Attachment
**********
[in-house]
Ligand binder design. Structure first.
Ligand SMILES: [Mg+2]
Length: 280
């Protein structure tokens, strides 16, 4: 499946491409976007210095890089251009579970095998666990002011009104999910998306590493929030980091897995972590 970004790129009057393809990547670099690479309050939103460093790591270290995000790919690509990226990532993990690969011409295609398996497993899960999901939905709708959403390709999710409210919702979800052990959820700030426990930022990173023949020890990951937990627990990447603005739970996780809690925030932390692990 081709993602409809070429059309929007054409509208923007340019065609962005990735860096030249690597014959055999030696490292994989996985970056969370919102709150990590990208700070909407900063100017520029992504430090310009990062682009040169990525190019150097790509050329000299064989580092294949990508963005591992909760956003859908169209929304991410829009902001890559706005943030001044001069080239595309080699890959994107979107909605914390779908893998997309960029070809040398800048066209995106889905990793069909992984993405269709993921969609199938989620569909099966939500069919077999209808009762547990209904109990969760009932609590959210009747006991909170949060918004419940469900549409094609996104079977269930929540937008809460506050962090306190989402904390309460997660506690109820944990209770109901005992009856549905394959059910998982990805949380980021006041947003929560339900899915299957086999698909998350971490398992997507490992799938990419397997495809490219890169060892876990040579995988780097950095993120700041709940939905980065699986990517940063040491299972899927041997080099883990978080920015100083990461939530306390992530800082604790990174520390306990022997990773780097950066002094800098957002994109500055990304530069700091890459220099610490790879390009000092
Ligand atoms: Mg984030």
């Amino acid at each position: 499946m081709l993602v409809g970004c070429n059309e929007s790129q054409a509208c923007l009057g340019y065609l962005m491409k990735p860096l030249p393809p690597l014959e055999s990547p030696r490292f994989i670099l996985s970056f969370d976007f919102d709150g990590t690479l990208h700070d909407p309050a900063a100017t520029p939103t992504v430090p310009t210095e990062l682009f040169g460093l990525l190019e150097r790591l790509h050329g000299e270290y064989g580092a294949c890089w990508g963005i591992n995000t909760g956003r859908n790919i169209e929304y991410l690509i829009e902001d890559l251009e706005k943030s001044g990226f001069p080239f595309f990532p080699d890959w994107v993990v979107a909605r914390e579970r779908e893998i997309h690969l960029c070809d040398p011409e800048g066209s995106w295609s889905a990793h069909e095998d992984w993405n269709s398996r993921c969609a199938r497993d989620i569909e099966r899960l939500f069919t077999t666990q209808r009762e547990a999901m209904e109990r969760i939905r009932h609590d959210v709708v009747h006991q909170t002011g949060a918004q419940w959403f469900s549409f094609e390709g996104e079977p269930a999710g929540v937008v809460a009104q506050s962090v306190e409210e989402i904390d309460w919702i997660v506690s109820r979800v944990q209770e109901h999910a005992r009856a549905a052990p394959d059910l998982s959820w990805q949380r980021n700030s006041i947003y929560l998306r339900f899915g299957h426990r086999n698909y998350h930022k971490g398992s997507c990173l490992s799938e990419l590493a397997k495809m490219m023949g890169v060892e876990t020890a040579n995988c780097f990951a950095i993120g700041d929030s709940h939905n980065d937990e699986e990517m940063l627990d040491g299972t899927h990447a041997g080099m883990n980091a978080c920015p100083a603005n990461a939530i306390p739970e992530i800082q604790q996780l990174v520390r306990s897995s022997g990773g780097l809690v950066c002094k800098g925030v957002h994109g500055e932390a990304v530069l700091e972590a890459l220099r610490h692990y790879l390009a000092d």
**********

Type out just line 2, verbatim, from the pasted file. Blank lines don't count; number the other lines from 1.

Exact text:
Ligand binder design. Structure first.